The ideal subject of totalitarian rule is not the convinced Nazi or the dedicated Communist  but instead the people for whom the distinction between fact and fiction, true and false, no longer exists -- Hannah Arendt.


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#12
(05-20-2016, 10:08 AM)pbrower2a Wrote: A few comments:

1. Working people are better off with one union card than with one credit card.  People with adequate incomes can pay cash for significant purchases. Credit cards were originally designed for people who spend money on legitimate business activities -- like travel on behalf of an employer. That is where American Express, Carte Blanche, and Diner's Club operated in the old days. A traveling salesman from Chicago checking into a motel in Louisville so that he can make a sales call in Louisville isn't going to be hurt with his credit card.

Banks used credit cards to meet the competition of finance companies. Taking an overpriced vacation on a credit card is unwise.

I agree. Of course this presupposes that said union card is worth the paper it is printed on.

As for the purpose of credit cards the original intent was for business purchases first and foremost and secondly purchases by people with the means to immediately pay off the unsecured loan. Which is what a credit card is, a purchase of a good or service via the means of an unsecured loan.

Quote:2. Education is worth borrowing for if it makes one a better or more skilled worker. Borrowing a huge amount of money to matriculate through med school makes sense because physicians earn huge incomes. Med school is difficult enough that one does not want a promising physician to waste time on paying work. Borrowing a small amount to become a hairdresser makes sense because one likely gets a job.  Getting a bachelor's degree that allows one to be a schoolteacher isn't a bad idea (the sorts of schools that have 'education' as a major are usually inexpensive. One attends the mediocre Western Michigan University, and not the great University of Chicago, to get a teaching degree. But if you attend the University of Chicago, you probably have a very good life awaiting you.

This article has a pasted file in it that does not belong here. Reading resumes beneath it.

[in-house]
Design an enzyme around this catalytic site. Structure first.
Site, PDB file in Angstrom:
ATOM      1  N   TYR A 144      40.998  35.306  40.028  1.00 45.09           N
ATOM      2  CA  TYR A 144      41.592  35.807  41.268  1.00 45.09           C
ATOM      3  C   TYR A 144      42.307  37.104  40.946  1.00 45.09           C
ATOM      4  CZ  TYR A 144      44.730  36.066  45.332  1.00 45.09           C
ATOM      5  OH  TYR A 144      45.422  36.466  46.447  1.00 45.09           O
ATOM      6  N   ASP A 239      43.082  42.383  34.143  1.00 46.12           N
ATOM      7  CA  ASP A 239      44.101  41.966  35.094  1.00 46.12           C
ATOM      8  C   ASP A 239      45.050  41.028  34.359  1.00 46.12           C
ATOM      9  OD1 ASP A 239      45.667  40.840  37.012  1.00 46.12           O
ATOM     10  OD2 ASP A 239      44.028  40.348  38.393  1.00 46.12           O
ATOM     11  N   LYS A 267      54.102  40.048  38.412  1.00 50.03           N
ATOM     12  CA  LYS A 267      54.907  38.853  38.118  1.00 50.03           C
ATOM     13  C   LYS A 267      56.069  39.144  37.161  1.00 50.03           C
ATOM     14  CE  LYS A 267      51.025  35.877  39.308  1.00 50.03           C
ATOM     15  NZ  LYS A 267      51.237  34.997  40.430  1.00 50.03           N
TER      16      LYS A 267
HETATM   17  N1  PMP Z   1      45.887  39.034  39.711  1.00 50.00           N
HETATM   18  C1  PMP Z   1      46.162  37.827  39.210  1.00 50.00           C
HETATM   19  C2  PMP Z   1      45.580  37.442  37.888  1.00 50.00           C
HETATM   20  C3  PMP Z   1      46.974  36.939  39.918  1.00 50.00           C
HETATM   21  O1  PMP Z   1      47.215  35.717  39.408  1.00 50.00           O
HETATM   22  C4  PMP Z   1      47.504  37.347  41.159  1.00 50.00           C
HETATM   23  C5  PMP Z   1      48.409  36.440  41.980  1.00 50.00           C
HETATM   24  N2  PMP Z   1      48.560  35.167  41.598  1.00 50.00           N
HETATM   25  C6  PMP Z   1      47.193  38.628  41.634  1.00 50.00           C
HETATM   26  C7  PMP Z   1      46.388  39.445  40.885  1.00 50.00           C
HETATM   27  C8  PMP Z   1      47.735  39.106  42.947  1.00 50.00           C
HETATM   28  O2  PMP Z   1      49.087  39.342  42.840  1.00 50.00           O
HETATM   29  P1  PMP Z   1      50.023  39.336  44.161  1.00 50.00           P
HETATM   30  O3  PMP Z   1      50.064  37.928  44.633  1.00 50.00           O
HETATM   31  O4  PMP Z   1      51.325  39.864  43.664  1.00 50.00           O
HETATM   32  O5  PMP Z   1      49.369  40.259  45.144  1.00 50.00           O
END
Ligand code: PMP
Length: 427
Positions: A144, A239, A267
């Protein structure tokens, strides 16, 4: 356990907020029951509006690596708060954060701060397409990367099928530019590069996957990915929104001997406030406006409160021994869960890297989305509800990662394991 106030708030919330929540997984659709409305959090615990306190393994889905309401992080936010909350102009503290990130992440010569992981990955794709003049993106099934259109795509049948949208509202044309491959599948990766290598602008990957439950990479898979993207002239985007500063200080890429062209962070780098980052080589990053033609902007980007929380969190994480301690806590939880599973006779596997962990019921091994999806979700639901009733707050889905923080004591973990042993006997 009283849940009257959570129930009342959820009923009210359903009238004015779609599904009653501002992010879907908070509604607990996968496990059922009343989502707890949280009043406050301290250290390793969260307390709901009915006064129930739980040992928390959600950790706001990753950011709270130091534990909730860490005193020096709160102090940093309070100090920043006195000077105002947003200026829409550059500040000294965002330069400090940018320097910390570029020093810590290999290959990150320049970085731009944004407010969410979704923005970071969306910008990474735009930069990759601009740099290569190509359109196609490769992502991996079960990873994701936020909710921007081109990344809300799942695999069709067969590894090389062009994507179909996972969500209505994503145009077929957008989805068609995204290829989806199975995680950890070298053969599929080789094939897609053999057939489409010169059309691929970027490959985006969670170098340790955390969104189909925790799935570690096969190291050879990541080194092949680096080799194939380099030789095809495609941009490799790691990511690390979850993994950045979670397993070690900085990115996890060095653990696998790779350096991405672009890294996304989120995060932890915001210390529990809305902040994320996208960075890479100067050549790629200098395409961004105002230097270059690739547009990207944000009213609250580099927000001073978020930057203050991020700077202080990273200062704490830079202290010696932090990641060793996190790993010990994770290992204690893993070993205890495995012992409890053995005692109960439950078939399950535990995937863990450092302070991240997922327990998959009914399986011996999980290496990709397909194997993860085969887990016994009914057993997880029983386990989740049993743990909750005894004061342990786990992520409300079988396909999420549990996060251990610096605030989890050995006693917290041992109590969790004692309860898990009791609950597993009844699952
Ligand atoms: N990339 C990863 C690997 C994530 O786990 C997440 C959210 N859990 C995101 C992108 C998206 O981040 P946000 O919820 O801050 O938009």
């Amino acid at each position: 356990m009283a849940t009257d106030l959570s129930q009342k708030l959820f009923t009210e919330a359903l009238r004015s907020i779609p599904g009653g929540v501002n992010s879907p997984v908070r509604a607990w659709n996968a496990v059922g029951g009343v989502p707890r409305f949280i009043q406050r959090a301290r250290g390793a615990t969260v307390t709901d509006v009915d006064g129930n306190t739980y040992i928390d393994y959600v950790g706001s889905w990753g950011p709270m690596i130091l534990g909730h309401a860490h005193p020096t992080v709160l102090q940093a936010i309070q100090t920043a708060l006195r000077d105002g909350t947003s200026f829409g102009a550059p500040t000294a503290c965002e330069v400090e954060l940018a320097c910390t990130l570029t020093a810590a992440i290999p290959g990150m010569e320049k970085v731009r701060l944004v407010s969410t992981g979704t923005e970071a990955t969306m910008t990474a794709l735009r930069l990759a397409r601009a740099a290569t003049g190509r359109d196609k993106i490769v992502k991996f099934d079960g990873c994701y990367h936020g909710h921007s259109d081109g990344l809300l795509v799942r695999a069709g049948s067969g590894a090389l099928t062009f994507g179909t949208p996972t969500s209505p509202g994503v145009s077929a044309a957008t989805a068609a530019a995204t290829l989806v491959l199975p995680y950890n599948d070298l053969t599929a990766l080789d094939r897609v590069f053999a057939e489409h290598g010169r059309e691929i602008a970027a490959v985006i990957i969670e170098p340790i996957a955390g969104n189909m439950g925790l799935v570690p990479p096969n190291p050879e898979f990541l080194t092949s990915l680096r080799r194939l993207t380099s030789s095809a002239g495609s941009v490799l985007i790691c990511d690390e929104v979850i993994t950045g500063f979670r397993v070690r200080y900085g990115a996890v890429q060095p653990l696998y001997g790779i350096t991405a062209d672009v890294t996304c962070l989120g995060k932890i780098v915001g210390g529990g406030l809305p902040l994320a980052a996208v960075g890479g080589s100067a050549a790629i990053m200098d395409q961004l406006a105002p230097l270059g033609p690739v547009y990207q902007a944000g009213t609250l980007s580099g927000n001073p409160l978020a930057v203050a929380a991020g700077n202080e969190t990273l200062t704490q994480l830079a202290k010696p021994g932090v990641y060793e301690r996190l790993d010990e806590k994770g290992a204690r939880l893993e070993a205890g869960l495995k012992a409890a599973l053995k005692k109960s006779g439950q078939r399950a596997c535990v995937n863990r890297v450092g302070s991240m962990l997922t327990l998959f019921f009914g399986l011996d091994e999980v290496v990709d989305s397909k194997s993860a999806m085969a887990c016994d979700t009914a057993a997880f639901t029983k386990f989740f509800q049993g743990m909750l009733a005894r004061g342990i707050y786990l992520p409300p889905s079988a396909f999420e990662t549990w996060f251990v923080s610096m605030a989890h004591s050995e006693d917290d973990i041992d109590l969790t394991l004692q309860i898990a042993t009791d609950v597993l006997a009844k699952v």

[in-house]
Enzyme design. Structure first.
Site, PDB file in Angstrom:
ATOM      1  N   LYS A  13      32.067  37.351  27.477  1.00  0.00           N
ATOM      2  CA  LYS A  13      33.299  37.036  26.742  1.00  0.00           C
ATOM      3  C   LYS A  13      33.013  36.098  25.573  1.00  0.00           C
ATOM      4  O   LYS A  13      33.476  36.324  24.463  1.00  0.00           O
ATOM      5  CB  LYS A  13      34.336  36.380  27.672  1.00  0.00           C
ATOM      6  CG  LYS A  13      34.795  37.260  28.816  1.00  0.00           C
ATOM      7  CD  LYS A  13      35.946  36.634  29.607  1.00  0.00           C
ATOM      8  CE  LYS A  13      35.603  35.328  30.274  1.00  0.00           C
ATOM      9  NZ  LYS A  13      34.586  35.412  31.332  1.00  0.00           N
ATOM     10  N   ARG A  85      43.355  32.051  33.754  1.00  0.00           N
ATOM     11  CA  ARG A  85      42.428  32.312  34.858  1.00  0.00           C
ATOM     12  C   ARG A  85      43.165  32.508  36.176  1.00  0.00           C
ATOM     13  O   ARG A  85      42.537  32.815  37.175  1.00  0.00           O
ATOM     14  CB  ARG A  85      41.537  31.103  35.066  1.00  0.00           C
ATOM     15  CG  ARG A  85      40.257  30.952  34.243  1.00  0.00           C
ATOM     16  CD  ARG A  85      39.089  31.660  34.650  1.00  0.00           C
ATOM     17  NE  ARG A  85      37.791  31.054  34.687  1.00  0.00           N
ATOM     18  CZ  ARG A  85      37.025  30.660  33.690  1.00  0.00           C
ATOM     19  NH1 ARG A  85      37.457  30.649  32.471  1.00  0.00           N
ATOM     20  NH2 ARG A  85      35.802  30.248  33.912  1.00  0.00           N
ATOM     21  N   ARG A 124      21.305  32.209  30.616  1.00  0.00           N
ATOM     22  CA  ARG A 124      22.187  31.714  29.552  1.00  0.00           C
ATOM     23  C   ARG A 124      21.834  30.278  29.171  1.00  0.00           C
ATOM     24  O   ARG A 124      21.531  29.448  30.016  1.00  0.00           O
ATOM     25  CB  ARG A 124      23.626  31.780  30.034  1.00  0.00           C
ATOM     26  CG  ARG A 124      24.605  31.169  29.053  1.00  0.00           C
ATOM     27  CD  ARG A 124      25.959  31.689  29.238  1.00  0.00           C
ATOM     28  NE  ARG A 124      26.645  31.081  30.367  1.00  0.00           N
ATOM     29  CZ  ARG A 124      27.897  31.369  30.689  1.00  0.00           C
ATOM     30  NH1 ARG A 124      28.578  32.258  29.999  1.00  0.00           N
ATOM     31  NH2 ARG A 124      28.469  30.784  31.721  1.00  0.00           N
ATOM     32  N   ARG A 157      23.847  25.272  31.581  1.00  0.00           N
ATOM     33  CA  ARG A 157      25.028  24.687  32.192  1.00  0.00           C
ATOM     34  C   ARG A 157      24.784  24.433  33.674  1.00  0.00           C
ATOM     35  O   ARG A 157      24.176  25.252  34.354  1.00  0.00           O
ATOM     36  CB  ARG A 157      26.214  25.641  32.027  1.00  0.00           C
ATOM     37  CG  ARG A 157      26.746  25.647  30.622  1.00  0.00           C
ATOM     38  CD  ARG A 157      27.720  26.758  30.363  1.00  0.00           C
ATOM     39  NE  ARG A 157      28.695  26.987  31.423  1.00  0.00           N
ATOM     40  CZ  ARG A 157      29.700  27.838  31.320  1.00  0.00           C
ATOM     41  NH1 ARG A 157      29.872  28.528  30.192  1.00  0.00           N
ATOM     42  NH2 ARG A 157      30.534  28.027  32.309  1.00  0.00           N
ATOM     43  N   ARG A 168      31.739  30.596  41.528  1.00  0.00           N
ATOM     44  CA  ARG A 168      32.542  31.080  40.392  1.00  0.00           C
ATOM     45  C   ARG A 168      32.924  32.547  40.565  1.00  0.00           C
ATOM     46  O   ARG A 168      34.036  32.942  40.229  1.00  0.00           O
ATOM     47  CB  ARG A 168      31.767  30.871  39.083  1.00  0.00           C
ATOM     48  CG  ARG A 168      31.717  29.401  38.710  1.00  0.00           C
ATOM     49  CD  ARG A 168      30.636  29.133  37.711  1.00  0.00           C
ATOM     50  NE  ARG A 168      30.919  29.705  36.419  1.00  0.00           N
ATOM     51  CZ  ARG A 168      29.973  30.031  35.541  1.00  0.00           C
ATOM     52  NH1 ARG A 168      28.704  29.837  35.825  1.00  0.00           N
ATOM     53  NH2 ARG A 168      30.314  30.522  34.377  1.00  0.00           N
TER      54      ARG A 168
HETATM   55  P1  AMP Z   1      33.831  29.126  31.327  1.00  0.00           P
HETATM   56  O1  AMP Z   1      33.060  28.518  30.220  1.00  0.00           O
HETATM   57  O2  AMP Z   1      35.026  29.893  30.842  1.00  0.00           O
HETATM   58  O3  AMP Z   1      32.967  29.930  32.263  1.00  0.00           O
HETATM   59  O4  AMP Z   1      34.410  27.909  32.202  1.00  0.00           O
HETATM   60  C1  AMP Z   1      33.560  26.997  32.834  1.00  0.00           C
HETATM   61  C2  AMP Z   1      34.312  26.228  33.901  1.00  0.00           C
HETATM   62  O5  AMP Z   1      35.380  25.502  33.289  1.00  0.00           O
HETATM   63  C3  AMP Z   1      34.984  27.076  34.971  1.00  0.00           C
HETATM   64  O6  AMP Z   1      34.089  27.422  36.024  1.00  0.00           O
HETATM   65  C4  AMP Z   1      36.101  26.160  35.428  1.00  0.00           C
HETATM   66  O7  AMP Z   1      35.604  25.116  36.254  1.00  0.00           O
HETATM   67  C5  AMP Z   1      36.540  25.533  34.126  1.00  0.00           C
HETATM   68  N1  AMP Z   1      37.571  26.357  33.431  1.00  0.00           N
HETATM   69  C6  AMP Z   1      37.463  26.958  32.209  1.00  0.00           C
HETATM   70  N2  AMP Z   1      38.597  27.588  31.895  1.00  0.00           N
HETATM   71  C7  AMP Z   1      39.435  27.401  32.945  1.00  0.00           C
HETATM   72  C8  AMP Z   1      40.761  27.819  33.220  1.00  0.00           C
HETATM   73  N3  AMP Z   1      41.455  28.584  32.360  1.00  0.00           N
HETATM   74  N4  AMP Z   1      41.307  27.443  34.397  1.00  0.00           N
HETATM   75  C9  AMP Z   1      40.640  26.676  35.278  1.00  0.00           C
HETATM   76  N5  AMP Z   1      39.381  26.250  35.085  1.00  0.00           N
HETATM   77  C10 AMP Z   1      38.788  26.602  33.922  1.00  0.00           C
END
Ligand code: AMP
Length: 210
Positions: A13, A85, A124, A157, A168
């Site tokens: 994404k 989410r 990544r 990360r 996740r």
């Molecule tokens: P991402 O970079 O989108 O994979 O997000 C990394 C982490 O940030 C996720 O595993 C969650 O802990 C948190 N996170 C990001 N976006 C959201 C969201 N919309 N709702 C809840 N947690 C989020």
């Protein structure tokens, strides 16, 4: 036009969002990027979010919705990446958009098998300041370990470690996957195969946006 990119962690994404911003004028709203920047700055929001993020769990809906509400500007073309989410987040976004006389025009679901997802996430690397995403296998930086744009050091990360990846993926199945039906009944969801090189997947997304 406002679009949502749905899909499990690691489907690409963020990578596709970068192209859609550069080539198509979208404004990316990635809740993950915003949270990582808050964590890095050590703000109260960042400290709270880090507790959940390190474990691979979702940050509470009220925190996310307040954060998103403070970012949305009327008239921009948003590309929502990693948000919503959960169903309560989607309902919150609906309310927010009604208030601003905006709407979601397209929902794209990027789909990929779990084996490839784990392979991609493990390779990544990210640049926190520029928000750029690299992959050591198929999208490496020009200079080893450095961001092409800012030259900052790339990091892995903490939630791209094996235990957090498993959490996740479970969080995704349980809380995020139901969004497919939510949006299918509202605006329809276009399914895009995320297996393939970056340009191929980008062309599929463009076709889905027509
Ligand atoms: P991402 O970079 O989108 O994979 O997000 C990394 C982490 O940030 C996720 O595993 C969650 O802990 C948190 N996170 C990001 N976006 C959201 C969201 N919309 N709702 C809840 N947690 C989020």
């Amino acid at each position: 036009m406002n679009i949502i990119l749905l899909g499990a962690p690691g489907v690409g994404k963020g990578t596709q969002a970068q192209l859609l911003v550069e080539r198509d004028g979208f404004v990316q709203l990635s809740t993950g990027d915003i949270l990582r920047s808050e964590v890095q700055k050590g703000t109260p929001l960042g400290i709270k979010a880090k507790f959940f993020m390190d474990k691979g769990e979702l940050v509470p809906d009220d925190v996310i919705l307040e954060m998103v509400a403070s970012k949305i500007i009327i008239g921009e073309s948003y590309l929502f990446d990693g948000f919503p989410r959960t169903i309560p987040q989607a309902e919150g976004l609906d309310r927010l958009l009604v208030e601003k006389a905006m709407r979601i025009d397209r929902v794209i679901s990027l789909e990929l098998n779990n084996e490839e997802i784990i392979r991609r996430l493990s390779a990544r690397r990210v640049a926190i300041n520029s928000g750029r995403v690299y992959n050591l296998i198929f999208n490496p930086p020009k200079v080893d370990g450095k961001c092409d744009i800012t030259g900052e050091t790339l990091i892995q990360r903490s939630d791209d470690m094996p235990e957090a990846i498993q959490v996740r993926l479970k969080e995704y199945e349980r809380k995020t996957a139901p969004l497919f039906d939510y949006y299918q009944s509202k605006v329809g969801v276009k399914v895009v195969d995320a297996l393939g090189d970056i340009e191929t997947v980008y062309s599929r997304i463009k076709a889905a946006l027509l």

Borrowing money to get a degree is only worthwhile if with that degree you can actually do something with it. Largely this means that liberal arts degrees are worthless as are degrees in Feminist Dance Thearapy and Gender studies (the latter I think should be completely abolished). Getting a certification in education (the degree required to teach--and remember my BF is a real teacher not the fake ass substitute kind like you are) is not as expensive as some degrees but going into debt for it is generally unwise (but going into debt for anything that isn't a durable consumer good is unwise). Most school teachers are not highly paid, my bf has been teaching for over 7 years and he only makes about 5K more than myself and remember he's both union and tenured. His benefits are pretty great though and in three more years he'll have a state pension.

All of that said, having an education is not a guarantee of success. In my years on the planet I've met many people who blew a load of money on good schools and pretty much ended up just as broke as if they hadn't gone to school at all--in some cases they are worse off because they have a low paying job and also a mountain of student debt they can't evade through bankruptcy.

Quote:Attending a bad technical school and going into debt as if one were attending a great university but without financial aid is a huge blunder. Even if the blunder is profitable to some entity, it is bad social policy to promote the blunder.

Again, agreed. If the point of a technical school is to get a certification for a specific job then that should be offered through a community college which can perform the same task much more cheaply.

Quote:3. You are probably right about most people working night jobs.

No probably to it. I walked in those shoes for years. People who work overnight sleep during the day.

Quote: Some people well fit them because they do not get along well with people. Some people work at night in 24-7 businesses and would hate their jobs if those jobs if they were 9-to-5. But I see no reason to believe that people working night shifts work more hours. They do watch some television. If they are in low-end jobs and have a good reason to be in those low-end jobs (like a lack of skill and limited learning), then I can't imagine them watching recorded concerts of the Berlin Philharmonic Orchestra.